Mighty Real OFF-BROADWAY REVIEWS

Photo: Billy Coyle
  • NY TIMES

  • NY POST

  • HUFFPOST

  • TM

  • L&S AMERICA

Opening Night:
September 14, 2014
Closing:
October 5, 2014

Theater: Theatre at St. Clement's / 423 West 46th Street, New York, New York, 10036

Synopsis: 

Mighty Real: A Fabulous Sylvester Musical tells the life story of Sylvester through his music and his point of view. Beyond all the trials, tribulations, glitz and glamour of his lifestyle, he was a symbol for being FABULOUS, but, also, a symbol for unapologetically being who he was. The words and music of this show will enter your ear, soar through your heart and inspire your soul. It's GUARANTEED to have EVERYONE dancing in the aisles.

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  • NEW YORK TIMES REVIEW OF Mighty Real

    Exulting in His Fabulous Moment, a Spangled Disco Diva at Fever Pitch 'Mighty Real,' a Musical About the Pop Star Sylvester

    Charles Isherwood

    September 21, 2014: A disco ball the size of a small house twirls over the stage at the Theater at St. Clement’s, where Mighty Real, a slender but musically vibrant show about the androgynous pop star Sylvester, has audience members shaking their booties in their seats. There are two more disco balls, of slightly more modest size, shaking their own booties above the audience, speckling the auditorium with dizzying dots. Can a show about a pop-funk star in his prime whose songs “Do Ya Wanna Funk” and “You Make Me Feel (Mighty Real)” remain standards of any disco-themed party night really have too many mirror balls? I think not. An assertion of Sylvester’s glamorous divadom, fated to fade too soon when he died of AIDS in 1988, drives this flimsy but glitter-drenched bio musical. The subtitle announces “Mighty Real” as “A Fabulous Sylvester Musical.” But fabulousness, like much else, is a subjective matter. And I can only second this subtitular self-endorsement when it comes to the musical portions of the show, which fortunately make up most of it.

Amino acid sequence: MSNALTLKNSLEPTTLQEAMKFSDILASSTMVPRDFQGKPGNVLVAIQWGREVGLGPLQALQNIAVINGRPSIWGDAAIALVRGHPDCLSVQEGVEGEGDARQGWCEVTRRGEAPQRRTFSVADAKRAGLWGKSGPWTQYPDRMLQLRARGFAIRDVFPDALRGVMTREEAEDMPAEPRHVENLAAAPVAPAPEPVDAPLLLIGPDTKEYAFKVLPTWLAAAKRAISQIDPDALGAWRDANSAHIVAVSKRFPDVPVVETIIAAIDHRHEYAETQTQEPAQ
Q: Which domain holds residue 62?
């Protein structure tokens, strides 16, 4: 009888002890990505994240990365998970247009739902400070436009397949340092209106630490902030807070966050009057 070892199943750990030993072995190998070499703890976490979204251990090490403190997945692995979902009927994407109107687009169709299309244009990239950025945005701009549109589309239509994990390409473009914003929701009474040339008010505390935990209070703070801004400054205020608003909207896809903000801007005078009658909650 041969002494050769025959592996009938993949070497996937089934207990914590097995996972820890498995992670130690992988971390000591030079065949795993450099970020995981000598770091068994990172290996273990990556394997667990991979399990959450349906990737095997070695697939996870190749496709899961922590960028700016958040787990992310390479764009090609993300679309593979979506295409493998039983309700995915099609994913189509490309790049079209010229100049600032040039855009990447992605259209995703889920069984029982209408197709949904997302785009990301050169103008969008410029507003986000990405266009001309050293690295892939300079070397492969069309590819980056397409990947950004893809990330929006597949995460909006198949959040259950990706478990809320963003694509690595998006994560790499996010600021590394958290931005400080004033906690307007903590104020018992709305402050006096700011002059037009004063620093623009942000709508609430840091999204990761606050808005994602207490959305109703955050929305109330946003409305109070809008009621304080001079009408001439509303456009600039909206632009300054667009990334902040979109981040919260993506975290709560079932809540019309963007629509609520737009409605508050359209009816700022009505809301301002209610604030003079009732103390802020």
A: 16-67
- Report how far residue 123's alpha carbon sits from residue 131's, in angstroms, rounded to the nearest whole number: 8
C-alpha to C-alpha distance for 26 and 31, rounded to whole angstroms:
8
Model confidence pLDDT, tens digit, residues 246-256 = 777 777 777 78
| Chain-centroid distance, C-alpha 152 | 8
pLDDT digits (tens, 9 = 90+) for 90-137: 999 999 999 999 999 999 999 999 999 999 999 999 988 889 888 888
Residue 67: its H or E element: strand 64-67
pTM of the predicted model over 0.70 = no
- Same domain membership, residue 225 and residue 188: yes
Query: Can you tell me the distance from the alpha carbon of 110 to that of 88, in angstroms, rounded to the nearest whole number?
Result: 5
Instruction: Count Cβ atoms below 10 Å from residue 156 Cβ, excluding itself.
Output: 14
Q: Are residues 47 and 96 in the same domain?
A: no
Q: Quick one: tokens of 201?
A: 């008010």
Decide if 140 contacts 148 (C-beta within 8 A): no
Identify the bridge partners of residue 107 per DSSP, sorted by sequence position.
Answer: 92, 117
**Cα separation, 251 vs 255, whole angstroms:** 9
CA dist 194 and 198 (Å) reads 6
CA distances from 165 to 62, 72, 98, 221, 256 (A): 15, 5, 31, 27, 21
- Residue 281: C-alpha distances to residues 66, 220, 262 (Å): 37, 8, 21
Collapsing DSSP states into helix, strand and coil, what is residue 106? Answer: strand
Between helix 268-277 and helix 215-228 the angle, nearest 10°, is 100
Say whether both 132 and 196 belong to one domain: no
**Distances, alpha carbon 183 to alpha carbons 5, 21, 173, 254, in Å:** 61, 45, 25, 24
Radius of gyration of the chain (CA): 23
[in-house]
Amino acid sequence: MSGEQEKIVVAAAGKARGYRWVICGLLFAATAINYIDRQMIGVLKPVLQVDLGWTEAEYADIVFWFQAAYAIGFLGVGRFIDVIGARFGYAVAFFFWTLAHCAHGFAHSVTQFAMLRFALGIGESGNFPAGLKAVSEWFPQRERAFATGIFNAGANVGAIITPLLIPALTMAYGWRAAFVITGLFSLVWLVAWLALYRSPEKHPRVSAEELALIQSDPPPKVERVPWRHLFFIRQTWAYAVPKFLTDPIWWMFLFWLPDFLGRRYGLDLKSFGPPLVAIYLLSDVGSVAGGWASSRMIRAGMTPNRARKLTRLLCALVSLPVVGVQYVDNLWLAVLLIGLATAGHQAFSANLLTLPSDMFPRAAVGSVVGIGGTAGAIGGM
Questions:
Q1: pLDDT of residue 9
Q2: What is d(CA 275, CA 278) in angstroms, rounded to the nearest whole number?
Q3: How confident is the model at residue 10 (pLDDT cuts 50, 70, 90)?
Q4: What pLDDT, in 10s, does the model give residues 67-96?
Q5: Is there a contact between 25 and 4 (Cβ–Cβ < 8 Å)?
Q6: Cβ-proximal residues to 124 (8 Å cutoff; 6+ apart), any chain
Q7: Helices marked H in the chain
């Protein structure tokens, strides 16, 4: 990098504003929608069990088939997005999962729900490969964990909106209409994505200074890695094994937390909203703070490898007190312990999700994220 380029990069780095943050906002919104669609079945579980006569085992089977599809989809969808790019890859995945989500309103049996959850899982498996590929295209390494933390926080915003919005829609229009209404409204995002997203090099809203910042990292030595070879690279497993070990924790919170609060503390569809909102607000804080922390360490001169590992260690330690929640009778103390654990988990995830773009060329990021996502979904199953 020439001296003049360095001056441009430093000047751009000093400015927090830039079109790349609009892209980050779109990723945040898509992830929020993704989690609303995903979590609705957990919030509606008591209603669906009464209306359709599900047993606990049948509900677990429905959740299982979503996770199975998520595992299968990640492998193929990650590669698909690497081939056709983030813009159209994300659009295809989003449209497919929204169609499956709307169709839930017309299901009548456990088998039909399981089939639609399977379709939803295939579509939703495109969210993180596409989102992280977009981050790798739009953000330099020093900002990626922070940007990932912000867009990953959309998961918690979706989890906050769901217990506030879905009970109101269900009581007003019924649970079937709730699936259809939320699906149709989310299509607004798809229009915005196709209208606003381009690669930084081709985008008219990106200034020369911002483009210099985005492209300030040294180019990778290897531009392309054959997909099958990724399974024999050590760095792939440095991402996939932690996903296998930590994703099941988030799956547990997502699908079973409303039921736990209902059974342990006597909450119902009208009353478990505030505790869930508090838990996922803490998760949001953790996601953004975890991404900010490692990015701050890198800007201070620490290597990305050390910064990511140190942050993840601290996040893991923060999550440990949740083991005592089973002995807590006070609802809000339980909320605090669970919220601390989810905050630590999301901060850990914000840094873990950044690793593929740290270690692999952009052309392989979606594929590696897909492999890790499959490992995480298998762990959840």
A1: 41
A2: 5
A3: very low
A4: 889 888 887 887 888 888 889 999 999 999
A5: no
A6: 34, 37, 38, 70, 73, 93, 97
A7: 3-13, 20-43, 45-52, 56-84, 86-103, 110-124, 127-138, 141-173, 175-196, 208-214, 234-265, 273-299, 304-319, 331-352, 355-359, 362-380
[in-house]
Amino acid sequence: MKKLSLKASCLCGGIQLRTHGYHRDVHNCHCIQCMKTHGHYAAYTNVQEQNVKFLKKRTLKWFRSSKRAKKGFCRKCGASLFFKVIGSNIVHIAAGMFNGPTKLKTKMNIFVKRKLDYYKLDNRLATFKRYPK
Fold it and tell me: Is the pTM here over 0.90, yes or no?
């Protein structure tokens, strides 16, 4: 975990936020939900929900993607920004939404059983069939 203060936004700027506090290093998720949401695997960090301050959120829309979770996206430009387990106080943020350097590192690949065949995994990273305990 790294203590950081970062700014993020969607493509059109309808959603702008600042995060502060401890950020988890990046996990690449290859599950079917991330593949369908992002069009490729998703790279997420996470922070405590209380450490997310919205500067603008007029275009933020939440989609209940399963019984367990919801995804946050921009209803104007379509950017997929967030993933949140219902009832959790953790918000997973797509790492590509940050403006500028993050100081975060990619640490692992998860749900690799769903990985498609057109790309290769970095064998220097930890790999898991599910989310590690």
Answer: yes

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  • NEW YORK POST REVIEW OF Mighty Real

    Musical is the ‘Mighty Real’ deal for disco fans

    Elisabeth Vincentelli

    September 21, 2014: Anybody who’s ever listened to WKTU, danced at a disco, marched in a gay-pride parade or watched Project Runway should get a ticket to Mighty Real. True, this new jukebox musical about Sylvester — the immortal voice of “You Make Me Feel (Mighty Real)” and “Do You Wanna Funk?” — isn’t a great show. But it’s a fun one — and that’s rarer than you’d think. Let’s get the quibbles out of the way. Anthony Wayne, who stars and wrote the book, retraces Sylvester’s “journey of phenomenal heights and some interesting lows” from his birth in 1947 to his death from AIDS in 1988. In between we’re given some perfunctory biographical references and a lot of earnest sentiment about battling adversity and finding one’s true self. Sylvester’s infamous backup singers, Izora Armstead (Anastacia McCleskey) and Martha Wash (Jacqueline B. Arnold) — later known as the Weather Girls, of “It’s Raining Men” fame — get a welcome nod, especially when the three launch into a crazy diva battle on “You Are My Friend.”

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  • HUFFINGTON POST REVIEW OF Mighty Real

    'Mighty Real: A Fabulous Sylvester Musical' Celebrates The Life Of An Out And Proud Disco Legend

    Curtis M. Wong